In the not-so-distant future, cell phone users will access the Internet, corporate databases, e-commerce sites and email accounts from their smart phones. And if these new phones really do turn out to be the true convergence devices the computing industry has been breathlessly predicting for the last few years, huge opportunities will emerge.
Not only are consumers going to need fancier phones, gadgets and portable operating systems, but corporations and e-commerce Web sites will likely have to beef up their computing operations to serve them. Software and hardware makers will profit, but so will content providers, telecommunications carriers and IT (information technology) consultants.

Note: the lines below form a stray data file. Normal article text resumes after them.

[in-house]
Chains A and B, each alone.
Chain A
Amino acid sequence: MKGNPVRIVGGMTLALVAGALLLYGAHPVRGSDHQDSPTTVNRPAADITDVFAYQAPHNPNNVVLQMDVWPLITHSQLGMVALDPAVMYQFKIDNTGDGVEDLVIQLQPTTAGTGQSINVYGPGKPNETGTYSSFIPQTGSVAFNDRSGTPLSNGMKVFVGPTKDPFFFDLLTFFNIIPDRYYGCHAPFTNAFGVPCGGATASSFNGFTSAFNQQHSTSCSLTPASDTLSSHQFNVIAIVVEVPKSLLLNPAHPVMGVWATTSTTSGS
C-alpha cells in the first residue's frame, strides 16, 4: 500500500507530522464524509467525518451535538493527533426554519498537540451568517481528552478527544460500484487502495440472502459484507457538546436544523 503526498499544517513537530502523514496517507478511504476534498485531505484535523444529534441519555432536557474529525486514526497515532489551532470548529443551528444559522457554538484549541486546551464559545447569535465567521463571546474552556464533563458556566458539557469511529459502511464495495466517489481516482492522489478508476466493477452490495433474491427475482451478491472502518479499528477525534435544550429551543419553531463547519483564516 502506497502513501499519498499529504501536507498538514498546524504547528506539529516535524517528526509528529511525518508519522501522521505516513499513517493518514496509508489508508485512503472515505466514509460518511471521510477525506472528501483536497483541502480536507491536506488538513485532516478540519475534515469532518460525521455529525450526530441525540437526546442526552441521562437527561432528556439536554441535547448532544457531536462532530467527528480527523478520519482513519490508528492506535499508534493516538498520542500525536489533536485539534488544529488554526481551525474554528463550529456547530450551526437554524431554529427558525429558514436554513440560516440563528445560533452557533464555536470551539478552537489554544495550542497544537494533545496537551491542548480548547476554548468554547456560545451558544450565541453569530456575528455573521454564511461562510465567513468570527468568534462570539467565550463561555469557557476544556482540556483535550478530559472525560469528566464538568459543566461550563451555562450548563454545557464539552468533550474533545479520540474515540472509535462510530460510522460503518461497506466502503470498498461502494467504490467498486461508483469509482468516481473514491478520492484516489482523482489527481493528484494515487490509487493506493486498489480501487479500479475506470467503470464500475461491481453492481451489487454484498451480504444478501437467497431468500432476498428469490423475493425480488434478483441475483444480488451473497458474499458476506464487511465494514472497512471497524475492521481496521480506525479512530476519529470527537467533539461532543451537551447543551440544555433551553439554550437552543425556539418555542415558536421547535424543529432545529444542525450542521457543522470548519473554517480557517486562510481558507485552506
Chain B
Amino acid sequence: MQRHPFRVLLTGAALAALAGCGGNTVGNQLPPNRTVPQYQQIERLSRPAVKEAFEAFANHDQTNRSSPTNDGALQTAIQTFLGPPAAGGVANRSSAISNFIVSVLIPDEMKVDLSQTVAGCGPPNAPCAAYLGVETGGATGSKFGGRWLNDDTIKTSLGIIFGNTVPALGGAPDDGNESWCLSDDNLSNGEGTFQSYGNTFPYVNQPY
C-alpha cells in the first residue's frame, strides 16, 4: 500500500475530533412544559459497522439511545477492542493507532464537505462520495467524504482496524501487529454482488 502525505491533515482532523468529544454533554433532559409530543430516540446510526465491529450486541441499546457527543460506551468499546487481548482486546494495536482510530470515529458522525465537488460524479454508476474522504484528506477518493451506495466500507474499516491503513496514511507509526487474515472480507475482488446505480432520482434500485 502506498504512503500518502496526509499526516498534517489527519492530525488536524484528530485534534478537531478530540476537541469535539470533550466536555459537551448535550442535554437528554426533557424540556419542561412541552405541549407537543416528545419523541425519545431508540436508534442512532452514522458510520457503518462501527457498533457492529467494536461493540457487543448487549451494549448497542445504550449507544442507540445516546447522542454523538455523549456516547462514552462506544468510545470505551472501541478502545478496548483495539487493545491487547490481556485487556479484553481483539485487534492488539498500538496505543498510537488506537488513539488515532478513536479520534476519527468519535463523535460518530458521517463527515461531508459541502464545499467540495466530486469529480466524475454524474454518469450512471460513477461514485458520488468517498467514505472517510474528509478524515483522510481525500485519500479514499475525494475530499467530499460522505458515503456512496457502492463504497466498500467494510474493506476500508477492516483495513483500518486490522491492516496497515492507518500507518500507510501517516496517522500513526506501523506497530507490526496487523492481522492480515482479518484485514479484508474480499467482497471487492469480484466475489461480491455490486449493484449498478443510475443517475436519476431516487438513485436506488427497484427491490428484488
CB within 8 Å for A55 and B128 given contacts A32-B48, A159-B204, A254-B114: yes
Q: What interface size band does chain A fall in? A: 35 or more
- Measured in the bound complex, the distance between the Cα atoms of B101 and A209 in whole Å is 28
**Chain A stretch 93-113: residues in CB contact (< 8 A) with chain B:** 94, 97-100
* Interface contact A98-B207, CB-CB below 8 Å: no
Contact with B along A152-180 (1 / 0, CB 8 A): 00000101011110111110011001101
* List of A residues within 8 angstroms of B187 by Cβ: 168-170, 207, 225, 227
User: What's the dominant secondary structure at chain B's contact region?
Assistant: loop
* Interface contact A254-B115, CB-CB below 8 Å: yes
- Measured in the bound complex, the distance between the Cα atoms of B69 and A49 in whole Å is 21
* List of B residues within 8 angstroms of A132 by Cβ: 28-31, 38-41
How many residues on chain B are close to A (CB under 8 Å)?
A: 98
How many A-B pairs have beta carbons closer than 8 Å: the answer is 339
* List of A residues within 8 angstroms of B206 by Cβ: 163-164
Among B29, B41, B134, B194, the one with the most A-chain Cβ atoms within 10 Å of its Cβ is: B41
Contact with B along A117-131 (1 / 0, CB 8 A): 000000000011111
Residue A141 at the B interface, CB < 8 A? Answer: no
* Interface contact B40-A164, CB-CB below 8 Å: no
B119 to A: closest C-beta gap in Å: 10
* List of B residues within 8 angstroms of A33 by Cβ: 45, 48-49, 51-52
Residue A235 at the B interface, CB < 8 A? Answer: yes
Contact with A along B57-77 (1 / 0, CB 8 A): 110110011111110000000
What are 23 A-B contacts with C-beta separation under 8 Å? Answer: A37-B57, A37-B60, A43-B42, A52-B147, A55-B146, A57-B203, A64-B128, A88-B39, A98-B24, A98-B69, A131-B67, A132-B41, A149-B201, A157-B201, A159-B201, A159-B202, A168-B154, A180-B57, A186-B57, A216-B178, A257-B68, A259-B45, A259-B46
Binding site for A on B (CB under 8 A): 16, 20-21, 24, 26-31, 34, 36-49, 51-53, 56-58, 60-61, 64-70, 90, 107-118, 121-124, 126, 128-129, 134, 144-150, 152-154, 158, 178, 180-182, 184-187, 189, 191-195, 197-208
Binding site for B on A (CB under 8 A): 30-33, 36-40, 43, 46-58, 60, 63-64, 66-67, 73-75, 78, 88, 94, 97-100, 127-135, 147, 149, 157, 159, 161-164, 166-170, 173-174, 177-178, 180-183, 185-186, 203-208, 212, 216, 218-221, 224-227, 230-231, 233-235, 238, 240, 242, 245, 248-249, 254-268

So far, the first round of alliances and relationships to create products has been completed, leaving a landscape that looks remarkably familiar: Palm Computing and its allies vs. Microsoft and its camp.
Unlike the handheld computers wars that preceded it, though, this period will likely be marked by fuzzier and more complex relationships, as the players will grapple with a broader array of concerns and partners.
Microsoft's first competitive product in this arena is Mobile Explorer, announced today. Designed as a bundle of services, applications and back-end software that will enable cell phone manufacturers and service providers to offer a number of wireless Internet options, Mobile Explorer will be used by Ericsson in upcoming cell phones.
It could be the start of something big, analysts said.